Monday, 19 July 2010

Inside the NYT graphics department

Inside the New York Times graphics department with Gestalten in Berlin, have produced THE MUST SEE interview with Steve Duenes, Graphics Director and Archie Tse, Graphics Editor of the NYT. The graphic department at the NYT have won countless awards for their ground-braking and peerless graphic journalism. This video podcast offers an incredible insight into the minds of two leaders of the most successful graphics team in journalism

In extracts from the interview Duenes states the core requirement of his team philosophy:
It is our job to edit, to reduce and determine what it is about a story that someone wants to know, needs to know and try to convey a hierarchy of things that are really important and things that are a little less important, just interesting
And on relations with the newsroom:
There are plenty of word editors in our newsroom who have really terrific ideas about what might make a good graphic, and we actually owe these editors a lot because... we can't pay attention to everything and they like point out opportunities for us that turn out to be really exceptional graphics and we probably would never have done them if it weren't for word editors saying... "there's a clear visual angle and maybe you should get plugged in..."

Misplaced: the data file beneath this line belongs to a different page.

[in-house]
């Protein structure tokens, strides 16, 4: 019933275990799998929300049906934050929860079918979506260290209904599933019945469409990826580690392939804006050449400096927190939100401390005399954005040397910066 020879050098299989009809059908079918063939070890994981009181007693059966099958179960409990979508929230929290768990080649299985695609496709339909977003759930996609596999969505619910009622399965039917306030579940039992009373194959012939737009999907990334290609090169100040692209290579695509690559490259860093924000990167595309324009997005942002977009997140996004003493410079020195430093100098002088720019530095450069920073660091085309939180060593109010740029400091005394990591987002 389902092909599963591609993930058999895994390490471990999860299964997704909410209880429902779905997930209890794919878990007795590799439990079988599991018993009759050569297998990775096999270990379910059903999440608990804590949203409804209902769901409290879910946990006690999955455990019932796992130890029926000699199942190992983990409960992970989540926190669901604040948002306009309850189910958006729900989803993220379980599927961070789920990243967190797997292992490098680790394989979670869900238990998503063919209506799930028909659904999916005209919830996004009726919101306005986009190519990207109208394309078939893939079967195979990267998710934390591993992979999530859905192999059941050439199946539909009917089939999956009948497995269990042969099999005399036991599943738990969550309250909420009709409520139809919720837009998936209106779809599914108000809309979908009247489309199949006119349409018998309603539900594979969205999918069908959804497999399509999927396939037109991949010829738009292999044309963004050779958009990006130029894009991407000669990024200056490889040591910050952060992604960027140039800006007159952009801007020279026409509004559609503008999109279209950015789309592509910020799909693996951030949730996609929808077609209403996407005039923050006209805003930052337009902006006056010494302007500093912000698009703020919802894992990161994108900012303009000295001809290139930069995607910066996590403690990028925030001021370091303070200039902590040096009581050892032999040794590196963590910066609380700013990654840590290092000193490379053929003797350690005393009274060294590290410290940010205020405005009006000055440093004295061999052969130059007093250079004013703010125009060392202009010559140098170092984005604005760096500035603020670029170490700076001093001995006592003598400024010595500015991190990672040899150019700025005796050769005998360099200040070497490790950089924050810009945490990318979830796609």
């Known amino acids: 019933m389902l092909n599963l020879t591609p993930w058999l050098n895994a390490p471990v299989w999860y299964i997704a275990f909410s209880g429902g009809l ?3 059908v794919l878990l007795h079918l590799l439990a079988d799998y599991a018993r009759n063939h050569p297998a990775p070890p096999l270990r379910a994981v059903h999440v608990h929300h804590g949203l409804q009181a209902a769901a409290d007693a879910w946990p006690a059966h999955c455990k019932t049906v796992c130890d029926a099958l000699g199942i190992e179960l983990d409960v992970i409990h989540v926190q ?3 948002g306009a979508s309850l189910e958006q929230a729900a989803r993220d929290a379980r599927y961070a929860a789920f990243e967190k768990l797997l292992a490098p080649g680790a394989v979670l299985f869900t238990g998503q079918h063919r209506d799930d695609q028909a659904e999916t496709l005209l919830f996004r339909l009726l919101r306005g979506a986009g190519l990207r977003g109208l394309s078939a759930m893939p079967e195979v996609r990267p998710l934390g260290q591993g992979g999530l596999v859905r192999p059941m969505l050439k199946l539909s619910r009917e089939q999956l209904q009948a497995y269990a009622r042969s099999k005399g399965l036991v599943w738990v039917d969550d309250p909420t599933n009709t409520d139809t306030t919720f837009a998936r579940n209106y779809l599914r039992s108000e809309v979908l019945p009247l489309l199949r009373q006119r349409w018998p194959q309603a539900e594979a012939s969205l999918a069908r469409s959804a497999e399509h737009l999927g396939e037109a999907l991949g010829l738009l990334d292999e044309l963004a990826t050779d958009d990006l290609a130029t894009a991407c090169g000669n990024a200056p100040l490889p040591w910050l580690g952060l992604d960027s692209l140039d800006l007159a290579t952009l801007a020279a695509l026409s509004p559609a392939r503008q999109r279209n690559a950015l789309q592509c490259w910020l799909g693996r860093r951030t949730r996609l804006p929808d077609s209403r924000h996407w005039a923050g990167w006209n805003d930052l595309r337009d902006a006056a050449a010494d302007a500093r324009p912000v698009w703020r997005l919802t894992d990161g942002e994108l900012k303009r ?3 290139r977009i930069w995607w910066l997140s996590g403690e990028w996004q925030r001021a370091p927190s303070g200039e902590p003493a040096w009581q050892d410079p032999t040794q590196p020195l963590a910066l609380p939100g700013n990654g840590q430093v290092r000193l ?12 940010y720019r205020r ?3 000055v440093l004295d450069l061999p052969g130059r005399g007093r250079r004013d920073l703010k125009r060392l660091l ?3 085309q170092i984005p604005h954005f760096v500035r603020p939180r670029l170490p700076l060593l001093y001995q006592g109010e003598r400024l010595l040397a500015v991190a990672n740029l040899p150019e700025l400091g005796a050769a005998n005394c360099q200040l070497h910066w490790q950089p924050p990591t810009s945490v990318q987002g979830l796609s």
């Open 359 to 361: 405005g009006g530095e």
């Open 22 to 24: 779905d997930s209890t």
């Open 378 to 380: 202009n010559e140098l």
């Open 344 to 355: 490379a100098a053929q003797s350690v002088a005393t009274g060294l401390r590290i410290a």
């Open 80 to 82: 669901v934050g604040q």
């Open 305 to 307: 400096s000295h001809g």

Tse also comments on the newsroom and a usual graphic editor's role:
In the news room editors are people who sort of take content that has been created and then edit it, but in the graphics department, the graphic editors actually create a lot of content also, they do the reporting, they do the distilling of the information, we could also be called graphics reporters, or graphics journalists but editing is one part of our job
Later, Tse reveals the secret of the most successful infographic style book in the world, and what they do:
We don't, and we've made some attempts to create one in the past but, but its difficult because of the principles that we sort of follow are fluid and depend on the situation and they depend on the material that you have... I feel like what we should try to do is find a story that is uniquely visual that will give our readers a better understanding of what has happened
Duenes adds:
There's a visual language at the [New York] Times... that there is no law that governs what that visual language is... just a sought of an agreement between the designers about what works well and is clear

This interview was conducted in relation with the release of Gestalten's latest book Turning Pages: Editorial Design for Print Media


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